Thursday, October 6, 2011

FMC to Examine Canada/Mexico Cargo Diversions, Issues New Rule on Service Contracts

The Federal Maritime Commission on Wednesday voted unanimously to begin a Notice of Inquiry into disparities that may be causing US-bound cargo to be driven to Canadian and Mexican ports. In a separate action, the Commission also voted unanimously to approve a proposed rule to provide flexibility and certainty to ocean carriers and customers who use service contracts with rates linked to freight-rate indices.

Speaking at the Canadian Maritime Conference in Montreal two weeks ago, FMC Chariman Richard Lidinsky said that he wanted to move forward with the diversion review based on a personal request from US Senators Maria Cantwell and Patty Murray, both of Washington state.

Cantwell and Murray said in their Aug. 29 request to Lidinsky that the federal HMT has become a "significant competitiveness issue" with the rise of Canadian and Mexican West Coast ports.

"It appears the HMT may be a key factor causing US ports to lose a growing share of imported container cargo from Asia," the senators said.

The two senators asked Lidinsky to "conduct an analysis of the impacts and the extent to which the HMT and other factors impact container cargo diversion from US West Coast ports to West Coast Canadian and Mexican ports, as well as offer legislative and regulatory recommendations to address this concern."

Inaugurated in 1986, the HMT is a federal tax imposed on shippers based on the value of imported and domestic goods being shipped through US ports. The tax, which generates between $1.3 billion and $1.6 billion a year, is placed in the federal HMT Trust Fund to be used for maintenance dredging of federal navigational channels.

"A growing number of containerized US imports from Asia move through the West Coast Canadian container ports of Vancouver and Prince Rupert en route to the US Midwest (i.e., Chicago and Memphis) through cross-border rail," the senators wrote in their letter to the FMC chair.

"Additional volumes enter US markets via Mexican ports. As a result, non-US ports are able to claim a substantial per-container cost advantage over US seaports based on the HMT alone. The results of this unfair disparity are increased cargo diversion and lost US jobs."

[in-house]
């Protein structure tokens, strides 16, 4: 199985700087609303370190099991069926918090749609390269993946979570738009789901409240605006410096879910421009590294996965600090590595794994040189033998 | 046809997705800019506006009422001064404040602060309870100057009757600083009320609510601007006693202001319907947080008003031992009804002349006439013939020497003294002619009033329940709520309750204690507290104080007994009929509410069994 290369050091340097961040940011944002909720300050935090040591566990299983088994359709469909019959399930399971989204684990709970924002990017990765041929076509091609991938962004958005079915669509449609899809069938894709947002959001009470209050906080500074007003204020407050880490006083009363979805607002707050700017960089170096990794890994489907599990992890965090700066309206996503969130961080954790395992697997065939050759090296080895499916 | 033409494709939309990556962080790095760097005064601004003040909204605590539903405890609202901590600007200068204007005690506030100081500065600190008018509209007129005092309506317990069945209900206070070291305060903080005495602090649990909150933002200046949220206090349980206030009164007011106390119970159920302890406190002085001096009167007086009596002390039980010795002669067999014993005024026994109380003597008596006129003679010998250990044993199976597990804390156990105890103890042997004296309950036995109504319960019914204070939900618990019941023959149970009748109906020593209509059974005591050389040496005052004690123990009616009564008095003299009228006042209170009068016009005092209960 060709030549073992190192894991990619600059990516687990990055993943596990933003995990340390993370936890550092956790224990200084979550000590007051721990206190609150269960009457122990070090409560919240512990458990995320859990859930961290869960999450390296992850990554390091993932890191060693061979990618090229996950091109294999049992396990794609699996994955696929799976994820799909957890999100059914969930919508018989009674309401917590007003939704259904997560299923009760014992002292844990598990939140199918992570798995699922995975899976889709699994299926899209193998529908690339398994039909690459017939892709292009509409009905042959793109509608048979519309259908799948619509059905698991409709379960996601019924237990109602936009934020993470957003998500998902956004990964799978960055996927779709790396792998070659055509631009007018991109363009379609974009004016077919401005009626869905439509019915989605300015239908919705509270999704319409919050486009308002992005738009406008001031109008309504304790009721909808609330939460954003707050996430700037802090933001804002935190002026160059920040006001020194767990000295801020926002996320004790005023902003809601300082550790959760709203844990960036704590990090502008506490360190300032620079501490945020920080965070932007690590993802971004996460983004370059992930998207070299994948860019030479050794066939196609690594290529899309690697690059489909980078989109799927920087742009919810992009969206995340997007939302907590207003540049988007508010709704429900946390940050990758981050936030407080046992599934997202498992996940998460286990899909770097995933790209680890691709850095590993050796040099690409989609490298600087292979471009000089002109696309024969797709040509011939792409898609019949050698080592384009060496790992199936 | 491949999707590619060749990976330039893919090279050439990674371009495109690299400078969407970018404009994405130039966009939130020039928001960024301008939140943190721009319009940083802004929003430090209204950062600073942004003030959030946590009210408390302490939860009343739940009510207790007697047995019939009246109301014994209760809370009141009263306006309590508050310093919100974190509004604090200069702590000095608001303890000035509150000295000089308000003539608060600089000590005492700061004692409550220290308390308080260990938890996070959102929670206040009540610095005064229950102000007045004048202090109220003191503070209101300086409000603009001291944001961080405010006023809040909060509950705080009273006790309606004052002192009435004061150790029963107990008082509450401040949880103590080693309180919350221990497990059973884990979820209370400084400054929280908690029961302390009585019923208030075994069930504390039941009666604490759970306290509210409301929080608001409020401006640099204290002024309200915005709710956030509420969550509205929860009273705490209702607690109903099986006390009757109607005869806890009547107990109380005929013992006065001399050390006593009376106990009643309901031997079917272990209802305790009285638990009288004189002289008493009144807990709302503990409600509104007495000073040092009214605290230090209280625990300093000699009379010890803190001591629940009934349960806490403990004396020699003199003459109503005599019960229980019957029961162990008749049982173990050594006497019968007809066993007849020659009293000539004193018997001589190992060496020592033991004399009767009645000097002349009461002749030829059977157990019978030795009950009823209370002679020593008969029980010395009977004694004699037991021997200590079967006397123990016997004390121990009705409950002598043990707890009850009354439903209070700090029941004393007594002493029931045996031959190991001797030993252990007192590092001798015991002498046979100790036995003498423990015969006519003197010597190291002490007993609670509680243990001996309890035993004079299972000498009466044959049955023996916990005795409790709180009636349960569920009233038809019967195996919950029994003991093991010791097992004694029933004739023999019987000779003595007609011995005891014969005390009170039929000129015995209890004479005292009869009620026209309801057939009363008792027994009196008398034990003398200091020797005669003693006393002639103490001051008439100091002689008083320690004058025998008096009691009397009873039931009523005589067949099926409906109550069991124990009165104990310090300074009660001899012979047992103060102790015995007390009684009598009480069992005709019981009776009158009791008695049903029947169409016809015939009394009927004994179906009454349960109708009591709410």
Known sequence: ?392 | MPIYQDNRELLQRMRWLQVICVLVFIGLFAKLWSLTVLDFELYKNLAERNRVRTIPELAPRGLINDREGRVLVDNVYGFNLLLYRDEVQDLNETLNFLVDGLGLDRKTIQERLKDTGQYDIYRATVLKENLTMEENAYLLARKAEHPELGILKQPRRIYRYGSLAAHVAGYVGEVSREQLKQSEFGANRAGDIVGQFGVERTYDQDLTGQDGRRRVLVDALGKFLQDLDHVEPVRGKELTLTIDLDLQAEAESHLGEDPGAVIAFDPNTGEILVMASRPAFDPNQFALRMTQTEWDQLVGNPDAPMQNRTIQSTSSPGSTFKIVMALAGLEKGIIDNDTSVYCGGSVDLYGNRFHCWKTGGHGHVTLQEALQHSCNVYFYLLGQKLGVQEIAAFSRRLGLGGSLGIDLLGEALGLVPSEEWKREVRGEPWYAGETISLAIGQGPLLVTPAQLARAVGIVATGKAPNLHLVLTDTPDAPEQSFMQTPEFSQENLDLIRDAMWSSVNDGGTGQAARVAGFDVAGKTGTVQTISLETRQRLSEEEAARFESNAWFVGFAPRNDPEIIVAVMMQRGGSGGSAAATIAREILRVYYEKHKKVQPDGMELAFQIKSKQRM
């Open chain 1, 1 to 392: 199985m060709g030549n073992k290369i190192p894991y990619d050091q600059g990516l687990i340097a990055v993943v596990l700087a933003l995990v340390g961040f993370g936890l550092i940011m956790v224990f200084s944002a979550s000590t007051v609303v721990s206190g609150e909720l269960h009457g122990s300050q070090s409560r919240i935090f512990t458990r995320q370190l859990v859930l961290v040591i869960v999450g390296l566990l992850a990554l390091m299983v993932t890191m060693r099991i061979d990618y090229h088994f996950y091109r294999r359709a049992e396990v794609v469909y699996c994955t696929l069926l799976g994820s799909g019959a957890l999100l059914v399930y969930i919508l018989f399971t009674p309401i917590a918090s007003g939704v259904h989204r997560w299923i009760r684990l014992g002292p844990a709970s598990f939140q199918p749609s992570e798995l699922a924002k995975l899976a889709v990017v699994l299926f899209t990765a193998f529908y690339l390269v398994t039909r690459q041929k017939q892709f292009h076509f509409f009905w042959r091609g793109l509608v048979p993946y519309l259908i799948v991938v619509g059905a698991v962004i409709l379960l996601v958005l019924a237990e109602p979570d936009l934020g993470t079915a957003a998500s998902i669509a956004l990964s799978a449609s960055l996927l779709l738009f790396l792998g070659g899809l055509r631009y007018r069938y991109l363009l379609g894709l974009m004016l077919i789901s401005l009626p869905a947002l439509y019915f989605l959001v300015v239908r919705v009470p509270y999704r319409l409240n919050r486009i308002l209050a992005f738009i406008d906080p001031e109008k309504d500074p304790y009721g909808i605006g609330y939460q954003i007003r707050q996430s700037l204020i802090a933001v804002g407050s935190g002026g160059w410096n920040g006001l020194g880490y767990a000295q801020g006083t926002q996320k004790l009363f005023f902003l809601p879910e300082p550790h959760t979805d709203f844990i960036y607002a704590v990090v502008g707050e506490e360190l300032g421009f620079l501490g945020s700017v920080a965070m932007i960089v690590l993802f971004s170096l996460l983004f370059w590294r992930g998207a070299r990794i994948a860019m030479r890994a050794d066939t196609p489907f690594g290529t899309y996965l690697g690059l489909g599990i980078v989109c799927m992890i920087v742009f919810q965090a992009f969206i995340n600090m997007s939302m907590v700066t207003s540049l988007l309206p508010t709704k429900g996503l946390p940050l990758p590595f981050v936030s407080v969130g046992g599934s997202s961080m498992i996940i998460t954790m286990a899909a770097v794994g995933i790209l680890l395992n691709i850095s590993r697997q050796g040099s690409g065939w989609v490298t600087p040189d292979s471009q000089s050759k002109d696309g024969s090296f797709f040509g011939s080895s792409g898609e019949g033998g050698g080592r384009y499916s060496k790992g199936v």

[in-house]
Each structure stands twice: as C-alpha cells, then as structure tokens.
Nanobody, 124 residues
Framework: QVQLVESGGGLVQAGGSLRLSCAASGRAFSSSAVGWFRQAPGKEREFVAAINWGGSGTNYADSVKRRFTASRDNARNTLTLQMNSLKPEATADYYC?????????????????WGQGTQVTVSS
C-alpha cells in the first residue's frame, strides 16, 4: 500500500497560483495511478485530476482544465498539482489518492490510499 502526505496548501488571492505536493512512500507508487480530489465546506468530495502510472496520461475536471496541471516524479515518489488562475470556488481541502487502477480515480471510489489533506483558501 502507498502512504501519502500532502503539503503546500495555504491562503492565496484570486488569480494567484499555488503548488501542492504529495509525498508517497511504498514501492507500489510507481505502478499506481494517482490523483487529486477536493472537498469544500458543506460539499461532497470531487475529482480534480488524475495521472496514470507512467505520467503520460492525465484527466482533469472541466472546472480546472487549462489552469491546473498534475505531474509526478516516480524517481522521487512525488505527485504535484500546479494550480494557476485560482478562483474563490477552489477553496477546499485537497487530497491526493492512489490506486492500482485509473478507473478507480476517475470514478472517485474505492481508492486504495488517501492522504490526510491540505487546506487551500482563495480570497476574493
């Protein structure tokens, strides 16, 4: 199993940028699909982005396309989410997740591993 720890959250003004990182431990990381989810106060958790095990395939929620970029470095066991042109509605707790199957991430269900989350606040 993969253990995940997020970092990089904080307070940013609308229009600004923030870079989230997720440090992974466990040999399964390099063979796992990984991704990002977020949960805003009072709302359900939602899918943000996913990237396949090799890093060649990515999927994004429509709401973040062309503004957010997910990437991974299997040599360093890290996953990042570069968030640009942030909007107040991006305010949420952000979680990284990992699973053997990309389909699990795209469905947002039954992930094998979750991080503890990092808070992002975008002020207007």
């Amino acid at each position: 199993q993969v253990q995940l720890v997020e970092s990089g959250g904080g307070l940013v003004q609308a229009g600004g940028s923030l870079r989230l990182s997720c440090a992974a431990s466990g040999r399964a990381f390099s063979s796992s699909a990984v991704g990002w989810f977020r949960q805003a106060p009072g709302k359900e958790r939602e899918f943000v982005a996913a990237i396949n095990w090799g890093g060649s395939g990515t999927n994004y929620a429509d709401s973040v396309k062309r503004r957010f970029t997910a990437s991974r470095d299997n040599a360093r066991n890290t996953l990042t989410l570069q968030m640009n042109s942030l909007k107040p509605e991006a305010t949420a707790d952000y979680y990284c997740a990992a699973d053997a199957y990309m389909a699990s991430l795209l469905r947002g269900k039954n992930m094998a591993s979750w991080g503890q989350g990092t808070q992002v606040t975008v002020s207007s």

The FMC Notice of Inquiry approved Wednesday will seek government, business and public comment and information to inform the Commission’s study of the US Harbor Maintenance Tax and other disparities that may be driving US-bound cargo from US ports.

"Canadian and Mexican ports are free to compete with US ports for US cargo. But they should do so on a playing field that is not artificially tilted by governments’ policies," Lidinsky said Wednesday. "So the primary question is: are we handicapping our own ports in international competition?"

In their second action, the Commission on Wednesday voted unanimously to issue a proposed rule that would give more flexibility for ocean carriers and shippers to use service contracts with rates linked to freight rate indices. To date, the Commission has received more than fifty service contracts that reference freight indices.

Under the Commission’s current rules, service contracts can only reference outside terms, such as a rate in a freight index, that are "contained in a publication widely available to the public and well-known within the industry." The proposed rule would make clear that contracts can reference freight indices or other outside terms, so long as they are "readily available to the parties and the Commission."

"This proposed rule is another example of the Commission implementing President Obama’s guidance to revisit regulations to reduce burdens and promote flexibility," Lidinsky said.

"To the maritime industry, my message is: go forth and innovate. The FMC will try to give you the certainty and flexibility you need, while continuing to protect the shipping public."